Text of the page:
"I've only spoke to them once since this all started," McKinley tells us. "They know we're absolutely grand and that puts them at ease. The news reports with images can be quite gripping so that might make them worry a little more.
"We're in the middle of it, we can see the clampdown. Much like a rugby game, when you're in the thick of it you can control it, if that makes any sense? Watching it unfold on TV or from the outside can make it seem worse than it actually is.
"Whereas, we're here. We know what the situation is. You can have a little more control even if you’re not in control."
In nearby Vo' Euganeo, the tiny village where the first outbreak was discovered weeks ago, no new cases were unearthed over the weekend, a merciful sign, perhaps, that the first "red zone" in Europe was seeing a different light.
But there is a long, long way to go yet. The initial reckless attitude of the feckless failed to contain; if anything, it accelerated the virus’s virulent path.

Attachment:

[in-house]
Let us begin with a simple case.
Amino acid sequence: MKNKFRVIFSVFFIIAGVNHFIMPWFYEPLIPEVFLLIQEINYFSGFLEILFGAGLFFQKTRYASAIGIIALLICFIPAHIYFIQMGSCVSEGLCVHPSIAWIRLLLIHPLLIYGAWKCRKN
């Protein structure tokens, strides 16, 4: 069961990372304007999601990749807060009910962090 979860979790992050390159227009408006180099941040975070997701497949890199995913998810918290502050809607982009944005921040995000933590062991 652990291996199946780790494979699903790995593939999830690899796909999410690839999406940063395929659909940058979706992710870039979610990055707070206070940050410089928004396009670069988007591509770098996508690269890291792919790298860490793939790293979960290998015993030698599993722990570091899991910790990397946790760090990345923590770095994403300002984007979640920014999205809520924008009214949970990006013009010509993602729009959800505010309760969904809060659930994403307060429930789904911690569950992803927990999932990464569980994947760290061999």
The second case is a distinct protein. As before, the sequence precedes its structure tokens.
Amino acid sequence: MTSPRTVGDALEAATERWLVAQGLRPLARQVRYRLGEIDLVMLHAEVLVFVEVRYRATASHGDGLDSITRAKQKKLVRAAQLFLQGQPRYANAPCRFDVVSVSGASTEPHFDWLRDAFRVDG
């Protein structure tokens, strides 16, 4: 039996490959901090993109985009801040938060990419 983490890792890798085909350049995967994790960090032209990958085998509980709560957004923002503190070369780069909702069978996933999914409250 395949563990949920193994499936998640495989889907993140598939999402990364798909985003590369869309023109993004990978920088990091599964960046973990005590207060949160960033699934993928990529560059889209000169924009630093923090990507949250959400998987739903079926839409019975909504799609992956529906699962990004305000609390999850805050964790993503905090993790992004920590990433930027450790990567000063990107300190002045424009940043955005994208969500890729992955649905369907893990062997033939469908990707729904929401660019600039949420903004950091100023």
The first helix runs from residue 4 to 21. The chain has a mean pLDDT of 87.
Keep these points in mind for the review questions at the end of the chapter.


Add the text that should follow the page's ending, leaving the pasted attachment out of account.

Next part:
Throughout Italy, school closures initially failed to stem the rampant spread and more drastic measures – including closing pubs and restaurants – had to be implemented in order to separate citizens.
"Since last Saturday evening, it has escalated in terms of seriousness," reports McKinley. "Everything is closed now. Only supermarkets and pharmacies remain open.
"Where I am in Treviso is in compete lockdown. There are hardly any cars. And you don't see any elderly people at all. It's eerily quiet and people are taking the advice very seriously.